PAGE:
So before we throw truffle oil on the list per se, there should be additional information as to where it was made.  This may be more of a commissary issue that a truffle issue.

Investigation of Salmonella Enteritidis Outbreak Associated with Truffle Oil — District of Columbia, 2015
Weekly / March 17, 2017 / 66(10);278–281

Frozen Pizza with Meat Recalled After Listeria Positive Test Results

A California establishment is recalling frozen, supreme-style pizza after the company's testing confirmed Listeria contamination.

While the product is frozen, which would prevent growth, and it has directions for cooking, which if done properly would eliminate the pathogen, one can never know how the product will be handled b the store and prepared by the consumer.  If similar to those sold here, they are sold refrigerated.

USDA News Release
News Release
RBR Meat Company, Inc. Recalls Frozen Pizza Product Due to Possible Listeria Contamination
Class I Recall 025-2017
Health Risk: High Mar 15, 2017

Trader Joe's Branded Burritos Recalled for Contamination by Hard Plastic Pieces

A NM company is recalling Trader Joe's branded frozen burrito products after 3 complaints of hard clear plastic.  One injury was reported.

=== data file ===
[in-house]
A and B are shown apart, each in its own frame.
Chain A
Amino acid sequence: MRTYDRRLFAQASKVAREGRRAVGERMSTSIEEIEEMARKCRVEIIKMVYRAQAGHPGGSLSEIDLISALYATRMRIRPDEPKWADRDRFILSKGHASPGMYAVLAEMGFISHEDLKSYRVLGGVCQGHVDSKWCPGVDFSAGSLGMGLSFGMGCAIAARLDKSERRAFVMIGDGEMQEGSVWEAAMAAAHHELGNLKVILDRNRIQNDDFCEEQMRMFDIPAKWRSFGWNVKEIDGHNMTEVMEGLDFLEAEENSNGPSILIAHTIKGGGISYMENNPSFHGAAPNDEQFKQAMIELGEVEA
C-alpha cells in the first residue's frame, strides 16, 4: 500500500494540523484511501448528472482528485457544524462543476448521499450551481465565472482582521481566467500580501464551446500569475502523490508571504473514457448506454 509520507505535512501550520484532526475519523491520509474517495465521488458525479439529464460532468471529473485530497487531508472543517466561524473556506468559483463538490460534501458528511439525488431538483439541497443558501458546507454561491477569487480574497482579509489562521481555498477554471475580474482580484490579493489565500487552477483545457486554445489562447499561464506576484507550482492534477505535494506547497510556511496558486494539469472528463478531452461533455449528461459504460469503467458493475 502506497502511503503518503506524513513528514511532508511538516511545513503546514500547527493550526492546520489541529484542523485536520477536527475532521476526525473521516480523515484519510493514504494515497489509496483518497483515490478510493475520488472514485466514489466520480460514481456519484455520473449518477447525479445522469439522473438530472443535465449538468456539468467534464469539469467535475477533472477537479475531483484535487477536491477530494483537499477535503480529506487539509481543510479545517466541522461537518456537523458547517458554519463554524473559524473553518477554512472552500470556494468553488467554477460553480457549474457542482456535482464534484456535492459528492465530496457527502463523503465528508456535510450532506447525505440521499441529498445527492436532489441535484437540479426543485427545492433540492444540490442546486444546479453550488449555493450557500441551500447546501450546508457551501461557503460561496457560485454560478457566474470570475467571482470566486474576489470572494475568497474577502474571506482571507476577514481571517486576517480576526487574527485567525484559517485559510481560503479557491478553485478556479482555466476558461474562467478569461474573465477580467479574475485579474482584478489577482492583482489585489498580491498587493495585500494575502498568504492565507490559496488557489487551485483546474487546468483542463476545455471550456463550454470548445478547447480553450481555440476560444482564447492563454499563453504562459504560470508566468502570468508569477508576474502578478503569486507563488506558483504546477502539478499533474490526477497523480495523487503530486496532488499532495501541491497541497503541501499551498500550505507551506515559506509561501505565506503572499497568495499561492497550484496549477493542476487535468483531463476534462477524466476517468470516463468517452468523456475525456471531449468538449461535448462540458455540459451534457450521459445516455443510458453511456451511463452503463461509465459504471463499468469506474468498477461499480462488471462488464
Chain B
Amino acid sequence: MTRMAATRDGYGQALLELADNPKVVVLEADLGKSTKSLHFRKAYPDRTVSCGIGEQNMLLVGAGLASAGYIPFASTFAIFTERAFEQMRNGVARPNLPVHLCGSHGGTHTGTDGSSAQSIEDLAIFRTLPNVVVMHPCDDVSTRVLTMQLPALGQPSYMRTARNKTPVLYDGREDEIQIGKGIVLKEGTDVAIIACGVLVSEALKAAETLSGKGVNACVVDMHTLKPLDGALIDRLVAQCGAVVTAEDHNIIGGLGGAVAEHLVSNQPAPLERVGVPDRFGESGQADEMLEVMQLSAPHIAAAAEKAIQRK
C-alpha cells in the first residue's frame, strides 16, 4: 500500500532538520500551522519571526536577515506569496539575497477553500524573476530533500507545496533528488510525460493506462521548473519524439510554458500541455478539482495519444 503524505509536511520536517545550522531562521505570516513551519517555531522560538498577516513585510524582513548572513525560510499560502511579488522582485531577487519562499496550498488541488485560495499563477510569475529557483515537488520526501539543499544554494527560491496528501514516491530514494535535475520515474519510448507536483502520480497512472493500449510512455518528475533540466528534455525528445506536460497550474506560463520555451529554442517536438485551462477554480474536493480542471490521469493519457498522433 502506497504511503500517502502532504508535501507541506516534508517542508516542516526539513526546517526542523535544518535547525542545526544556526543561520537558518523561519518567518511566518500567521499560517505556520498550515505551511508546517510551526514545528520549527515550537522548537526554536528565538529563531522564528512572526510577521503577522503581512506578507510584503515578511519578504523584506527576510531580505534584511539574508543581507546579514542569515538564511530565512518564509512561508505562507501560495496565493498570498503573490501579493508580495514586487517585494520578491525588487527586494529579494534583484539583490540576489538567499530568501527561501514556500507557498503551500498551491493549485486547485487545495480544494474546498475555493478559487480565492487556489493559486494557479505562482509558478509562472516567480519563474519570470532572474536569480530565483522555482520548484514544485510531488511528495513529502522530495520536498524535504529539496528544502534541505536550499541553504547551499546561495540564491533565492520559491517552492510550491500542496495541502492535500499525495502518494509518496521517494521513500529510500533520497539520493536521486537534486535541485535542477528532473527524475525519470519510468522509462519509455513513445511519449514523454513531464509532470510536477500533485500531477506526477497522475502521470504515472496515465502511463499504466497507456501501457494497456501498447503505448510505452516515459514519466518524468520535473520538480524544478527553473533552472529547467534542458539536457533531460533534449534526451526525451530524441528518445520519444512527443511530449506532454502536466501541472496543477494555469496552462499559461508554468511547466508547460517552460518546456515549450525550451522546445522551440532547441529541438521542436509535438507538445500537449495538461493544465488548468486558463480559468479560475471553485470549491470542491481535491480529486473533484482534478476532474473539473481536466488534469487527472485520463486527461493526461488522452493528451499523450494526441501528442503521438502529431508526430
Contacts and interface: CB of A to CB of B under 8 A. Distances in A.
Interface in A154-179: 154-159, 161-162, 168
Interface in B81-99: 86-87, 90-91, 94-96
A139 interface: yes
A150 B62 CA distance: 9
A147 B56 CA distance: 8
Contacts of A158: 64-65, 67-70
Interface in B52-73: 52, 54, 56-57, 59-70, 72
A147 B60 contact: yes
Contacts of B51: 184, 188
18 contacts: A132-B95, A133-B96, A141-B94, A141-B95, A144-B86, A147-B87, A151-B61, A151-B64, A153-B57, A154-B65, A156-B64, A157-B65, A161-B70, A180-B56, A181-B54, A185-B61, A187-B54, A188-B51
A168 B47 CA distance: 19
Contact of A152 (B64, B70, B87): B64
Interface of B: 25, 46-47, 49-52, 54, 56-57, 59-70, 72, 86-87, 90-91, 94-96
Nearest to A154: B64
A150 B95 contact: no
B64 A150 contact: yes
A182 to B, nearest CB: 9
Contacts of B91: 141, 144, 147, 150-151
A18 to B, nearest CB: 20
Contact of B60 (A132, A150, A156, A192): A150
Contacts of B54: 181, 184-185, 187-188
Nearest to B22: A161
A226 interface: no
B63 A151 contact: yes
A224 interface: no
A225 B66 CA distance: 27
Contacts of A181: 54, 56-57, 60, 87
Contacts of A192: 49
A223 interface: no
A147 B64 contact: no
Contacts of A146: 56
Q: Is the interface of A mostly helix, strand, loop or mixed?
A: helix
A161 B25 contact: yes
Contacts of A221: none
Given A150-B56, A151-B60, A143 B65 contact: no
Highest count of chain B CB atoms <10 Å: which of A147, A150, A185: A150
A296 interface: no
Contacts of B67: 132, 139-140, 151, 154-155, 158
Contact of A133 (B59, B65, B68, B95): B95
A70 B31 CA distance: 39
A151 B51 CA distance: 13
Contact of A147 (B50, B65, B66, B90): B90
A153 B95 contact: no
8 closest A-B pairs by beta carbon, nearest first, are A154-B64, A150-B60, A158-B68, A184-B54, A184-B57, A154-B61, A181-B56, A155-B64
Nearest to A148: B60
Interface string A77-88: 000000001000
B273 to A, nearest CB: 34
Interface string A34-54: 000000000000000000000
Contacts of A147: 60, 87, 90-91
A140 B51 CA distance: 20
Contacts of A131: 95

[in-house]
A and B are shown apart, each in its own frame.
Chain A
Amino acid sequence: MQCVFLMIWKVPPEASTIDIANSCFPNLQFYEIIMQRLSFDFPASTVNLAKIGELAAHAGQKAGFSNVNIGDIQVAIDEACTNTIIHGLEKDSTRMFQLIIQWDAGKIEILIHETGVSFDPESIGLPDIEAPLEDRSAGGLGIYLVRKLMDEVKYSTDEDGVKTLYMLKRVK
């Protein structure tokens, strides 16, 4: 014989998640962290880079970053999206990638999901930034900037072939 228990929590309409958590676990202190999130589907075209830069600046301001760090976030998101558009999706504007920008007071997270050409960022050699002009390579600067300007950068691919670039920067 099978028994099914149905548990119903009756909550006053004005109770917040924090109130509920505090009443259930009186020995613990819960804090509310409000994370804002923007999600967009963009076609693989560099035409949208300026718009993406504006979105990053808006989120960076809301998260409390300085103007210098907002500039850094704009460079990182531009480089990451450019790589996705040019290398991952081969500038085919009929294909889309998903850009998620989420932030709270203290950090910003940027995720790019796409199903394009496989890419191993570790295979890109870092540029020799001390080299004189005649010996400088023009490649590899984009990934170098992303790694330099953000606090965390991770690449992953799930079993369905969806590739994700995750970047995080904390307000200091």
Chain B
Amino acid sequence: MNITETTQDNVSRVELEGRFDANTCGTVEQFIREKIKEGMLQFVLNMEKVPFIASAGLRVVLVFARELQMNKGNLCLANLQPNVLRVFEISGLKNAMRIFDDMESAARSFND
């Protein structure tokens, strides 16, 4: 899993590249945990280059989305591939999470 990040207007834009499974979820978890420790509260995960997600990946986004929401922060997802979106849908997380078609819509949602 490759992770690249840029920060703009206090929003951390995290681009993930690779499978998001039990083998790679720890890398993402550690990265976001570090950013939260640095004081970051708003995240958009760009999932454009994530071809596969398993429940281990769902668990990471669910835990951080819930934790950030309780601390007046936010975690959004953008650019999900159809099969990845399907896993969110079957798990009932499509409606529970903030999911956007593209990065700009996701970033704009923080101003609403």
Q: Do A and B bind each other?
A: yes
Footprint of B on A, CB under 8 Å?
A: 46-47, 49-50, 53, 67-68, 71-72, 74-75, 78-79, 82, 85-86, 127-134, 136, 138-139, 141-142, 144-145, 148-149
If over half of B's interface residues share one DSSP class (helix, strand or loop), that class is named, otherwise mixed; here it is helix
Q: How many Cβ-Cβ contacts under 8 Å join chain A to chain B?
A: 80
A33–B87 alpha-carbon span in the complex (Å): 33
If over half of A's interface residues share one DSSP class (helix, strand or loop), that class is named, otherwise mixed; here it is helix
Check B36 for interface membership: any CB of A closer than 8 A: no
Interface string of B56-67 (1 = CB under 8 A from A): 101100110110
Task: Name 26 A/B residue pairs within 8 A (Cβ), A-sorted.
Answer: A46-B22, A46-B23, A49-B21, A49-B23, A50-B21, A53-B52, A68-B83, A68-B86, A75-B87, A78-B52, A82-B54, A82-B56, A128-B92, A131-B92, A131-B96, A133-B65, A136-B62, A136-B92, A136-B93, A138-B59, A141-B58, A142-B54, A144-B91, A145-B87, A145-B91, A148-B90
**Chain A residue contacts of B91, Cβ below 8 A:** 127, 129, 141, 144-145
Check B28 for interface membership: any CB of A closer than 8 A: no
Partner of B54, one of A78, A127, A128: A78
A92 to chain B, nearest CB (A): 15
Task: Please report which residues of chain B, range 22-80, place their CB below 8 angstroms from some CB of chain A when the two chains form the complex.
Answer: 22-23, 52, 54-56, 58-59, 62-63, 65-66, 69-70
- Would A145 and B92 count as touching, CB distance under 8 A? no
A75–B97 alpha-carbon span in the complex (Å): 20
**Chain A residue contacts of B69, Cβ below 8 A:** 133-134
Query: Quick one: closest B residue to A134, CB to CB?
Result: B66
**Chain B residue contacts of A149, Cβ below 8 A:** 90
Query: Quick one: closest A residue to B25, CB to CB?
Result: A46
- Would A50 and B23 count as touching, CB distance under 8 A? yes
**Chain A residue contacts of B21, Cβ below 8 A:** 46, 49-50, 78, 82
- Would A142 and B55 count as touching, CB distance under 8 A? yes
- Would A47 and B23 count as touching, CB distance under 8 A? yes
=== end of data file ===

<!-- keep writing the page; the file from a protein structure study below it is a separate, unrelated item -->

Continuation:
USDA News Release
Flagship Food Group Recalls Frozen Burrito Product Due to Possible Foreign Matter Contamination
Class I Recall 026-2017
Health Risk: High Mar 16, 2017

Monday, March 13, 2017

NY Creamery Expands Recall, Product Linked to Illnesses. 2 Deaths

A NY creamery expanded its recall, posted on 3/7/16, as the CDC has linked the product to 6 cases of listeriosis.  There have been 2 deaths.

The product had national distribution, and with the window of time until the product was recalled, there may be additional cases that may be reported.

Listeria can be problematic in soft cheeses in that the product will support the growth of Listeria  We have seen a number of cases of listeria related to soft cheeses, so it is incumbent on those packing soft cheeses to have an aggressive Listeria control program. 
Harder cheese have a lower water activity and will not support the growth of Listeria.  While the risk is lower, the food plant-environmental pathogen still needs to be controlled.

FDA Recall Notice
Vulto Creamery Voluntarily Expands Their Recall of All Raw Milk Cheeses Because of Possible Listeria Monocytogenes Contamination
For Immediate Release
March 11, 2017